What is the difference between extortion and theft?

| Mar 6, 2019 | Firm News |

If you’re facing criminal charges, it’s important to know exactly what charges are pending against you and what they mean. Even when they seem similar or when popular culture often confuses them, they may be very different.

Take, for example, the difference between assault and battery. People often use these words incorrectly, from a legal perspective. Battery means that someone suffered physical harm. Assault may just mean that the alleged perpetrator threatened the victim. If the victim thinks it is an honest threat with the potential to lead to physical harm, that’s assault, in many cases, even if the perpetrator never touches the victim.

To see how this works, let’s take a look at another example: the difference between extortion and theft.

Taking assets

Both crimes revolve around the taking of specific assets — money or physical goods — from the victim. The difference lies in the way that the person takes them.

With a theft, there is often an immediate physical threat. A man walks into a store, points a gun at the cashier, and tells them to put all the money from the drawer into a bag. The cashier understands that he or she will get shot if they refuse to comply, so they hand over the money. The thief then leaves. Even though they didn’t harm anyone, the theft hinged on potential violent action at the moment.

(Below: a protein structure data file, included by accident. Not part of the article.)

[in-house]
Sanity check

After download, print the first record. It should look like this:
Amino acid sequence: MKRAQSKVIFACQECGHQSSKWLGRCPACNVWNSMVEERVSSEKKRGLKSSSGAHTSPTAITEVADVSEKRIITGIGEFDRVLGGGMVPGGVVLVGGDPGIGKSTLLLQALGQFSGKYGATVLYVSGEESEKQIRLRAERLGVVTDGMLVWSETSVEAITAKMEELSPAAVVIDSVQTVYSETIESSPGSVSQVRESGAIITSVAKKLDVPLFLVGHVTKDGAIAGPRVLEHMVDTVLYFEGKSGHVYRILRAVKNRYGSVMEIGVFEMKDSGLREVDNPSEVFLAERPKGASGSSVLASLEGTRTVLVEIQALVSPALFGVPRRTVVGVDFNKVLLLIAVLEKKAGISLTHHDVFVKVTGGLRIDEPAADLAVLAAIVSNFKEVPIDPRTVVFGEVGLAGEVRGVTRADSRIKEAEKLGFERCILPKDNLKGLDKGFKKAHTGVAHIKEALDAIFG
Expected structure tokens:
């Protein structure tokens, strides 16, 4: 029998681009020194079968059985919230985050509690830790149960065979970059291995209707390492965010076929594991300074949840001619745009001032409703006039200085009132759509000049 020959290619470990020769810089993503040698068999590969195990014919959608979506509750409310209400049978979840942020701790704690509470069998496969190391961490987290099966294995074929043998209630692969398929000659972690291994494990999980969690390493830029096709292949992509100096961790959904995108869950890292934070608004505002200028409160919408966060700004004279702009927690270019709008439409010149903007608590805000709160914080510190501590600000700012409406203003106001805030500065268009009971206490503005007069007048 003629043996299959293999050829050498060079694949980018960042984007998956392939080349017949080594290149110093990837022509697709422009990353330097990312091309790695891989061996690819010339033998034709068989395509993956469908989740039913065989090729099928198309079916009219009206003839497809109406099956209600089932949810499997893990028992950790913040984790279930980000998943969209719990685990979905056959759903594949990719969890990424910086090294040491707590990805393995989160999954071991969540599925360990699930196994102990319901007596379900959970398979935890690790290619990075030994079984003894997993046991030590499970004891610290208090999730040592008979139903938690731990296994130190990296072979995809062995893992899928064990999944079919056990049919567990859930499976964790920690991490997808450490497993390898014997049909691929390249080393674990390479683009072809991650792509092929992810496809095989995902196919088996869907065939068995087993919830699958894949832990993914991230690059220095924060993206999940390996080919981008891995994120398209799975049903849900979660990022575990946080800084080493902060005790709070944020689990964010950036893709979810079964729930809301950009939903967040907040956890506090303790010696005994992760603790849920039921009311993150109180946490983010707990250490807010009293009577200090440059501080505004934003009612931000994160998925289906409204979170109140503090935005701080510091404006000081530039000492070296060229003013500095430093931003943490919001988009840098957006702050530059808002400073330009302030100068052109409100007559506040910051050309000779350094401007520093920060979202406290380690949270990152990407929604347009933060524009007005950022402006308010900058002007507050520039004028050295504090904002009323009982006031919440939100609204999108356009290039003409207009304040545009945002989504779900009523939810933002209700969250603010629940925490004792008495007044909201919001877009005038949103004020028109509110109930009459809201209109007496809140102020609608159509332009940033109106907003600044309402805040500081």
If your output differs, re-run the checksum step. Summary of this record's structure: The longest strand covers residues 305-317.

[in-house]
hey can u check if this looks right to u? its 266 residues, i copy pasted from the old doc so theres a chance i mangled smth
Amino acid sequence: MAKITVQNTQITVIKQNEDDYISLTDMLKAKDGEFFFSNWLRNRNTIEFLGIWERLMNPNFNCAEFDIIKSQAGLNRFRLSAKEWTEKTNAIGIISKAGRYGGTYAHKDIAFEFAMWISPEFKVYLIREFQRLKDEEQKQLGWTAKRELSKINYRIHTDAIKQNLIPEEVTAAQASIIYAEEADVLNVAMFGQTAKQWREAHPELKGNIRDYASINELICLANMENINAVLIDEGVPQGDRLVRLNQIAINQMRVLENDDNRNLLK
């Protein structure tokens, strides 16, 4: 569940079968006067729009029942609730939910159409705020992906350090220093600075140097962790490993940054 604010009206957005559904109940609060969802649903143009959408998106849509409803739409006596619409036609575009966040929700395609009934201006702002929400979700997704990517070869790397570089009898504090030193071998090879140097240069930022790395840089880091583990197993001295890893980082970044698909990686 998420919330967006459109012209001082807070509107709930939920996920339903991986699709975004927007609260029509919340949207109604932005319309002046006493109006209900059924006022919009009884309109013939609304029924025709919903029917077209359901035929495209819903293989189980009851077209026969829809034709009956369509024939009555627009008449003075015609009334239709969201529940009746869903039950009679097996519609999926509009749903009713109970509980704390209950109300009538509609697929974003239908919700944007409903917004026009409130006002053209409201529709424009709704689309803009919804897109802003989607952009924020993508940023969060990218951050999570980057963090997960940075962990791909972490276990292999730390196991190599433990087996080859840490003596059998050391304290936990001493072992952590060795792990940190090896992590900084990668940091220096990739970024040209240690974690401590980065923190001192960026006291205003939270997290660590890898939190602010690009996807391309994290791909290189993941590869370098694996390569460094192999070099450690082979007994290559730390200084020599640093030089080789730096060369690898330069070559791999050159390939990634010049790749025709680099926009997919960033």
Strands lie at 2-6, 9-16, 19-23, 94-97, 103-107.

Extortion takes a step back. The person still gets threatened with physical harm, but it is usually at some abstract future date. In response, that person hands over property or even makes regular payments to avoid an incident.

For instance, the same man walks into the store. He does not show the owner a gun, but he implies that he’s carrying one. He sets a picture of the owner’s spouse on the counter, with their home address written on it. He then says that he’ll need monthly payments for “protection” for the store, the owner, their spouse and their kids.

The perpetrator may not directly tell the owner what will happen, but that implication is clear. The owner then makes these payments. Essentially, the man robs the store once a month, but he does not have to intimidate or threaten the shopkeeper with harm every single time. They just have an understanding.

A similar crime is blackmail. This happens when someone has damaging information about someone else — information that a politician had an affair, for example — and threatens to release it unless they get a payment. It could be a one-time payment or repeated payments.

Your charges, your options

As you can see, a lot of charges address very similar crimes, but they come with vastly different ramifications. As you look into your defense options, you need to know exactly what you’re dealing with.